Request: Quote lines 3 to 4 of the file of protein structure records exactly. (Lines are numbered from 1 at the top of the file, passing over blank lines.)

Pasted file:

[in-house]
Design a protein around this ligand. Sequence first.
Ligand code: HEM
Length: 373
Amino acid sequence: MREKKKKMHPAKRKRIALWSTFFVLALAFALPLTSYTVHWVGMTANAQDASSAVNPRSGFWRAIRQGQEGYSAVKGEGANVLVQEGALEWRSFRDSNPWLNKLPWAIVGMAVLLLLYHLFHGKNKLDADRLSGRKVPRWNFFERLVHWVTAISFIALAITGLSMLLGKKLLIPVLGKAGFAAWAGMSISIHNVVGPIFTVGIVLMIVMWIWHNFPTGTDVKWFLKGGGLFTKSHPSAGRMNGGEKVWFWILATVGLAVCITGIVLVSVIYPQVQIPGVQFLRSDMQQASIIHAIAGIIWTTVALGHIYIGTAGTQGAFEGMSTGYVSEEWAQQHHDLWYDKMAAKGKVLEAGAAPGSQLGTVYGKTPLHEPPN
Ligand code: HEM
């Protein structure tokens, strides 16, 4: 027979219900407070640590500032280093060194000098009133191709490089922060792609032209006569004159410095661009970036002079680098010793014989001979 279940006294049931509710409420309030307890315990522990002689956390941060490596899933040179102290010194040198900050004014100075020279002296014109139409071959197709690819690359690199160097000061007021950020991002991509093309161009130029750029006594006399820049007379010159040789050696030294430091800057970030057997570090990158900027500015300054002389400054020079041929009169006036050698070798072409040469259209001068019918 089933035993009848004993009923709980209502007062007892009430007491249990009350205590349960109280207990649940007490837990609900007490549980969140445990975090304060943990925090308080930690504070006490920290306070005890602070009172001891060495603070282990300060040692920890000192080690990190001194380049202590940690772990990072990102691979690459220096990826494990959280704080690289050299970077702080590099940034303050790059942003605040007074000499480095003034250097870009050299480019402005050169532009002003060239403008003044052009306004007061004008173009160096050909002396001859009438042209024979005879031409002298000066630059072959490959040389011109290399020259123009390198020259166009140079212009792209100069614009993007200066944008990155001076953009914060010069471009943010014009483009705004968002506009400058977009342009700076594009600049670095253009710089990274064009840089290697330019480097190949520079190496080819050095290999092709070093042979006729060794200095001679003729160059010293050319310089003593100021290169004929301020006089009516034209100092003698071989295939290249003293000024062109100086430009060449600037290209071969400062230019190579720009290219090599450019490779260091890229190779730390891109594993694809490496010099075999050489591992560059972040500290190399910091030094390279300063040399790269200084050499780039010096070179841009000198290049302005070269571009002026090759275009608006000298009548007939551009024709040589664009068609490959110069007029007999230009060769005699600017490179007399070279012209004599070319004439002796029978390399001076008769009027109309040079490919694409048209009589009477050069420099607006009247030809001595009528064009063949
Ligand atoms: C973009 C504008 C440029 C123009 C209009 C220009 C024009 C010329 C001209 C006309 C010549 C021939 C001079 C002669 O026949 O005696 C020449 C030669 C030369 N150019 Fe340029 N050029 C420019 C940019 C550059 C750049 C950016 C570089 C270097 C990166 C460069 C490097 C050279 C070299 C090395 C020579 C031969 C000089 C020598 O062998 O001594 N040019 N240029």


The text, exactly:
Ligand code: HEM
Length: 373